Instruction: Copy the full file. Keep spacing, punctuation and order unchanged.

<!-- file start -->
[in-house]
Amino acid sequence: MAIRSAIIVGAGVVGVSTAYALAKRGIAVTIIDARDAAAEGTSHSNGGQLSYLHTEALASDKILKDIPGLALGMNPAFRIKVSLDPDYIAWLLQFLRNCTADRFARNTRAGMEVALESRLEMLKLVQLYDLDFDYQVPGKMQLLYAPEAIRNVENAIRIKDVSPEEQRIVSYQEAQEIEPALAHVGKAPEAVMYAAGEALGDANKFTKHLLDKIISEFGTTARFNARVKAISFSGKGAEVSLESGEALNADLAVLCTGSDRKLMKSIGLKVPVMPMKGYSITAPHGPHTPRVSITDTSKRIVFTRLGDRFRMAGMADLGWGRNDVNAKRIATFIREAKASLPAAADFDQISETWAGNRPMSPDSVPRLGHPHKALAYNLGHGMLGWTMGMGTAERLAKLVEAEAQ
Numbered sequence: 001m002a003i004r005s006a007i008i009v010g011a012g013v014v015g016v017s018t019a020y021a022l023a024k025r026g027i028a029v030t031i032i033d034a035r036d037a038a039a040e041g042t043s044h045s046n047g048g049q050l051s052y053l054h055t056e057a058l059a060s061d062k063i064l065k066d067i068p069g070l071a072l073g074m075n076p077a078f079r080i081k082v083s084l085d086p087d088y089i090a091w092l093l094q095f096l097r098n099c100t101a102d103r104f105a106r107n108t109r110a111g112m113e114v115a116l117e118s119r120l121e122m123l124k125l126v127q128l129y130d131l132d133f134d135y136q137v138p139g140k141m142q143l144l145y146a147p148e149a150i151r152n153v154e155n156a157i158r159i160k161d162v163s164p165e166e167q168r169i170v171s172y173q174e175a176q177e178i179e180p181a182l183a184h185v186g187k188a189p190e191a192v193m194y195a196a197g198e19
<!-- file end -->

[in-house]
Amino acid sequence: MAIRSAIIVGAGVVGVSTAYALAKRGIAVTIIDARDAAAEGTSHSNGGQLSYLHTEALASDKILKDIPGLALGMNPAFRIKVSLDPDYIAWLLQFLRNCTADRFARNTRAGMEVALESRLEMLKLVQLYDLDFDYQVPGKMQLLYAPEAIRNVENAIRIKDVSPEEQRIVSYQEAQEIEPALAHVGKAPEAVMYAAGEALGDANKFTKHLLDKIISEFGTTARFNARVKAISFSGKGAEVSLESGEALNADLAVLCTGSDRKLMKSIGLKVPVMPMKGYSITAPHGPHTPRVSITDTSKRIVFTRLGDRFRMAGMADLGWGRNDVNAKRIATFIREAKASLPAAADFDQISETWAGNRPMSPDSVPRLGHPHKALAYNLGHGMLGWTMGMGTAERLAKLVEAEAQ
Numbered sequence: 001m002a003i004r005s006a007i008i009v010g011a012g013v014v015g016v017s018t019a020y021a022l023a024k025r026g027i028a029v030t031i032i033d034a035r036d037a038a039a040e041g042t043s044h045s046n047g048g049q050l051s052y053l054h055t056e057a058l059a060s061d062k063i064l065k066d067i068p069g070l071a072l073g074m075n076p077a078f079r080i081k082v083s084l085d086p087d088y089i090a091w092l093l094q095f096l097r098n099c100t101a102d103r104f105a106r107n108t109r110a111g112m113e114v115a116l117e118s119r120l121e122m123l124k125l126v127q128l129y130d131l132d133f134d135y136q137v138p139g140k141m142q143l144l145y146a147p148e149a150i151r152n153v154e155n156a157i158r159i160k161d162v163s164p165e166e167q168r169i170v171s172y173q174e175a176q177e178i179e180p181a182l183a184h185v186g187k188a189p190e191a192v193m194y195a196a197g198e19